For most of us now the remembrance is abstract, but there are still some veterans, and relatives of the dead for whom it is wholly concrete. Every veteran that I have interviewed remembers their friends that died, and the fact that is was mostly luck that allowed them to survive. Many, I think feel guilty about it, quite unjustifiably, but these sorts of emotions aren’t of course rational.
Sadly many of the people I interviewed for my books about the second world war find their mobility restricted, and some are too ill to make it to their local ceremony. I know John Moffat will get a lift down to the ceremony in his village, but he will also be thinking about the drowning German sailors from the Bismarck that he flew over on the morning after the attack.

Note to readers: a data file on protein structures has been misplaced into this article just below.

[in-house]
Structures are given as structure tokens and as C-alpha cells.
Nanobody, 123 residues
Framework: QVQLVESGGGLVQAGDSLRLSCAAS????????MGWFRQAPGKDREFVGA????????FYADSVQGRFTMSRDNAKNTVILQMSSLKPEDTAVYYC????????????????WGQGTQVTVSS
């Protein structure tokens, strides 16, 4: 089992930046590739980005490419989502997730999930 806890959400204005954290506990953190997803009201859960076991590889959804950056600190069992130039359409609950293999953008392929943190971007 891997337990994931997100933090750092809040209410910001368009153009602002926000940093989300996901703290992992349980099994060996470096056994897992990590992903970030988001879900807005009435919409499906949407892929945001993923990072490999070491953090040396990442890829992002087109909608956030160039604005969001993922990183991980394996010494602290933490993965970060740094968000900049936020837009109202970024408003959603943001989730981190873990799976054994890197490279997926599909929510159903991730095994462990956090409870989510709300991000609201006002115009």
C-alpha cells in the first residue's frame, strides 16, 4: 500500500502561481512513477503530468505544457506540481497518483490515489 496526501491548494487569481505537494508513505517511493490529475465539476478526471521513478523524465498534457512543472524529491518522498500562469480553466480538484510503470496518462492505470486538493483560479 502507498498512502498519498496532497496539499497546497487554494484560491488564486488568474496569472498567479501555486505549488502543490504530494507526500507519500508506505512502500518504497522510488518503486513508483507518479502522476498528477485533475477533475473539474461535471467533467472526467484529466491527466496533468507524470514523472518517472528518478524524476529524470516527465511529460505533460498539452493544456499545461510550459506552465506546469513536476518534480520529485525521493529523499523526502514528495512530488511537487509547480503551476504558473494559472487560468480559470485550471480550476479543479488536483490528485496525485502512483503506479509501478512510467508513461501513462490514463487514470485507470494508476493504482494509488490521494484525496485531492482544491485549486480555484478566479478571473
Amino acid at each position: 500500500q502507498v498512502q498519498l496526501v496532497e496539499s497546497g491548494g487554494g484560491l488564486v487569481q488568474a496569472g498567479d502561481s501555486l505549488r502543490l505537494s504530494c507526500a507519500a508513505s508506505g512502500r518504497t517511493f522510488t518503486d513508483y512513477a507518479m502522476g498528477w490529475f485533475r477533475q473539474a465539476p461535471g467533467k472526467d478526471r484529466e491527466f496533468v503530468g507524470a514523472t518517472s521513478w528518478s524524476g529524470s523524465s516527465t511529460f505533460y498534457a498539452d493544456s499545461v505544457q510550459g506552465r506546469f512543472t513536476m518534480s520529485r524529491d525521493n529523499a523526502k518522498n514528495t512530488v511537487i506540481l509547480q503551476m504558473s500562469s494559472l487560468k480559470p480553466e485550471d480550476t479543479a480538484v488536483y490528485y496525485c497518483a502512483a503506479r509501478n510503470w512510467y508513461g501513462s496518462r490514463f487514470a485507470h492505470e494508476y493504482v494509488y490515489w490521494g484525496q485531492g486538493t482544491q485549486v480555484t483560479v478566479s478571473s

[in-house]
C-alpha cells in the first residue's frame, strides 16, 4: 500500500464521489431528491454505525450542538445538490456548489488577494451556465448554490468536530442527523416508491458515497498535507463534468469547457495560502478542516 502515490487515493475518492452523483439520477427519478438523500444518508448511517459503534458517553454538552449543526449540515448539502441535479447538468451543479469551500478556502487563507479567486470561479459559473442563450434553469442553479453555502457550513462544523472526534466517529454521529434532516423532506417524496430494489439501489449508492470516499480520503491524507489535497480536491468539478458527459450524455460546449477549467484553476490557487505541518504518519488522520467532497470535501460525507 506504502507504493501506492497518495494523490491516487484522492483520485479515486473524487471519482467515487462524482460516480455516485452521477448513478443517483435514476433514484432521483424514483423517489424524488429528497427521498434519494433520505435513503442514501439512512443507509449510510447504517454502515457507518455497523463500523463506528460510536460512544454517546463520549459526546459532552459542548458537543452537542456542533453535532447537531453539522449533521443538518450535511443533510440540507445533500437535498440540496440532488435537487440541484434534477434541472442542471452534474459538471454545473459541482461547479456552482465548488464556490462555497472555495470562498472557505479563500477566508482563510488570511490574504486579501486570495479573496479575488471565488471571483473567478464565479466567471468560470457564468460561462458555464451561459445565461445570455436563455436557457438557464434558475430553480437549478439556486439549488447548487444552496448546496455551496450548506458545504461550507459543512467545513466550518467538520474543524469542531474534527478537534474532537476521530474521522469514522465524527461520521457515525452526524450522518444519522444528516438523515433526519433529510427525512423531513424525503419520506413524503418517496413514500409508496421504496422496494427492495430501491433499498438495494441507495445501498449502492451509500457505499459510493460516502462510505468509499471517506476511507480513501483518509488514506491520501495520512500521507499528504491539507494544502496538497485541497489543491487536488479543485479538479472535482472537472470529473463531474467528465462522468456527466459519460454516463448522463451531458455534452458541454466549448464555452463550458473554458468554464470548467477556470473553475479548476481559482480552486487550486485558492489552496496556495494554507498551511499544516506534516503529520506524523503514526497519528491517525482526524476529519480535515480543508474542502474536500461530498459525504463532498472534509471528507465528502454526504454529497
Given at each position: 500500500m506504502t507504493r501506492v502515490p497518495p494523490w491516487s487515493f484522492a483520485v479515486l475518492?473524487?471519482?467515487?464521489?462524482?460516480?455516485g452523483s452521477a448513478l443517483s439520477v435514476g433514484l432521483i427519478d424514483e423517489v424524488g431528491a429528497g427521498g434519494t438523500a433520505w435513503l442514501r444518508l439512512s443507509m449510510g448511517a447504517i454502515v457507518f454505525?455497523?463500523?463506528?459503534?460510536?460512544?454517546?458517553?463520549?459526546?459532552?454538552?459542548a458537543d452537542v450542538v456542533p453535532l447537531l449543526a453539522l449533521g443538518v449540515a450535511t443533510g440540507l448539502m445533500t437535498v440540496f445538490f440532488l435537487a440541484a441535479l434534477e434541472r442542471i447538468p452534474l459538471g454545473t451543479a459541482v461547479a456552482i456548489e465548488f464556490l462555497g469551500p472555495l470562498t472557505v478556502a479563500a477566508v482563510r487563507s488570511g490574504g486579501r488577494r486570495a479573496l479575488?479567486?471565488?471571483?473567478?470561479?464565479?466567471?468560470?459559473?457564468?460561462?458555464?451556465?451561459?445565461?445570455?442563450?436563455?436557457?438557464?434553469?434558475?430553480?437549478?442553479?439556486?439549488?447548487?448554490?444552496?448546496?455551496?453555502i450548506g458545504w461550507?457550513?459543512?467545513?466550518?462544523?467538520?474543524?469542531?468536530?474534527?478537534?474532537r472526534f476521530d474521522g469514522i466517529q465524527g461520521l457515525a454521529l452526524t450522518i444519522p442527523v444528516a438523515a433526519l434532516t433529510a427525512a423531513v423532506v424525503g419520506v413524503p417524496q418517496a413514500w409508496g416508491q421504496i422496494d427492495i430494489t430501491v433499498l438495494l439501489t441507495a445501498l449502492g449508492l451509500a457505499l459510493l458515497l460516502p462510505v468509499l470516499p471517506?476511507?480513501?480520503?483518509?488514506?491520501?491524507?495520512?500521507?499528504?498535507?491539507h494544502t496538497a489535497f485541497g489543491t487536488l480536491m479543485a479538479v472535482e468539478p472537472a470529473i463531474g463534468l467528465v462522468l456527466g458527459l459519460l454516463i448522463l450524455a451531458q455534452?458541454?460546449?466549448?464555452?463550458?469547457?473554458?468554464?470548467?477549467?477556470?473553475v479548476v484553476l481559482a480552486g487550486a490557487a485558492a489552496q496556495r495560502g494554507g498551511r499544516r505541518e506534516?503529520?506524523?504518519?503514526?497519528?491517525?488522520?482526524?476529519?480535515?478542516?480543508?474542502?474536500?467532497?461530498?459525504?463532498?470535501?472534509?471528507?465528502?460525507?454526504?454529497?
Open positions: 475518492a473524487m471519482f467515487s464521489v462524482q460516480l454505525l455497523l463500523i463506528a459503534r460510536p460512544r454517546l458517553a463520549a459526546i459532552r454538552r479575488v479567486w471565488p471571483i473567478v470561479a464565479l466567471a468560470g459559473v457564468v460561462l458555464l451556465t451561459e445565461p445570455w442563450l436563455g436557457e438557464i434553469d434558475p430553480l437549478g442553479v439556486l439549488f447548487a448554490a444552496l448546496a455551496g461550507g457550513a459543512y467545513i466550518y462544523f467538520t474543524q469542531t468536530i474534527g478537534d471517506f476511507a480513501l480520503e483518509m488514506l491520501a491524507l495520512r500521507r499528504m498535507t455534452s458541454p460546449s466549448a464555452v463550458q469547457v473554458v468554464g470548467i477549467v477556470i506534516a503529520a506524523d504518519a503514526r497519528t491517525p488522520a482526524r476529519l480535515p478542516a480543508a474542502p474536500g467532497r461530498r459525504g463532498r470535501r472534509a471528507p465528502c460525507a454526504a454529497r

Three people who are still getting about are the three men from Arnhem, Ron Jordan, Pat Gorman and Tom Carpenter. Just a few days ago Rob, Pat’s son, sent a photo of them at the annual reunion in Oosterbeek, which takes place in September. My feeling about the men who served in the Ist Airborne Division in Operation Market Garden, is that they will get to this event by hook or by crook, until they are no longer breathing, and that when they get together in Holland or at a remembrance day ceremony they remember and talk about things that we will never understand.
This is true I think for any group of veterans who survived front line service.